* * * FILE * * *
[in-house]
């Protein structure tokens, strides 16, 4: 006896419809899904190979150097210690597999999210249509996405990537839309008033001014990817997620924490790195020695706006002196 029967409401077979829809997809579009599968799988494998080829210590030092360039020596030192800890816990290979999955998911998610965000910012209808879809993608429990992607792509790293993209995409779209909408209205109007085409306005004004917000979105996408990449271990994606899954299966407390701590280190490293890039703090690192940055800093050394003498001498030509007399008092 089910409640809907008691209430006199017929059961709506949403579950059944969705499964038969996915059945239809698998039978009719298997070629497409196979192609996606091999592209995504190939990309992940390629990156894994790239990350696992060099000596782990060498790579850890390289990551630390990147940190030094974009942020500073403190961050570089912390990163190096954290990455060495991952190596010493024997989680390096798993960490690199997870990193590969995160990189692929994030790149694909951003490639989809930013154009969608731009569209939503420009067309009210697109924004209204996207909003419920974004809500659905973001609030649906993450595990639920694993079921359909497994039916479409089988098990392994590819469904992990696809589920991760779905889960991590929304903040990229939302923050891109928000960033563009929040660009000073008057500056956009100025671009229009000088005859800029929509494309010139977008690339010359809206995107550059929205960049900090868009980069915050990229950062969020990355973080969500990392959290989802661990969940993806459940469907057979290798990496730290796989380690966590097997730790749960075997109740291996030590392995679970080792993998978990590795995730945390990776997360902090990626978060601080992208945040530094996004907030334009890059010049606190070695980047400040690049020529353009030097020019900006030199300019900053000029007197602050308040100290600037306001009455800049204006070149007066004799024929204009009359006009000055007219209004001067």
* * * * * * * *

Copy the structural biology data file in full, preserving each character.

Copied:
[in-house]
């Protein structure tokens, strides 16, 4: 006896419809899904190979150097210690597999999210249509996405990537839309008033001014990817997620924490790195020695706006002196 029967409401077979829809997809579009599968799988494998080829210590030092360039020596030192800890816990290979999955998911998610965000910012209808879809993608429990992607792509790293993209995409779209909408209205109007085409306005004004917000979105996408990449271990994606899954299966407390701590280190490293890039703090690192940055800093050394003498001498030509007399008092 089910409640809907008691209430006199017929059961709506949403579950059944969705499964038969996915059945239809698998039978009719298997070629497409196979192609996606091999592209995504190939990309992940390629990156894994790239990350696992060099000596782990060498790579850890390289990551630390990147940190030094974009942020500073403190961050570089912390990163190096954290990455060495991952190596010493024997989680390096798993960490690199997870990193590969995160990189692929994030790149694909951003490639989809930013154009969608731009569209939503420009067309009210697109924004209204996207909003419920974004809500659905973001609030649906993450595990639920694993079921359909497994039916479409089988098990392994590819469904992990696809589920991760779905889960991590929304903040990229939302923050891109928000960033563009929040660009000073008057500056956009100025671009229009000088005859800029929509494309010139977008690339010359809206995107550059929205960049900090868009980069915050990229950062969020990355973080969500990392959290989802661990969940993806459940469907057979290798990496730290796989380690966590097997730790749960075997109740291996030590392995679970080792993998978990590795995730945390990776997360902090990626978060601080992208945040530094996004907030334009890059010049606190070695980047400040690049020529353009030097020019900006030199300019900053000029007197602050308040100290600037306001009455800049204006070149007066004799024929204009009359006009000055007219209004001067």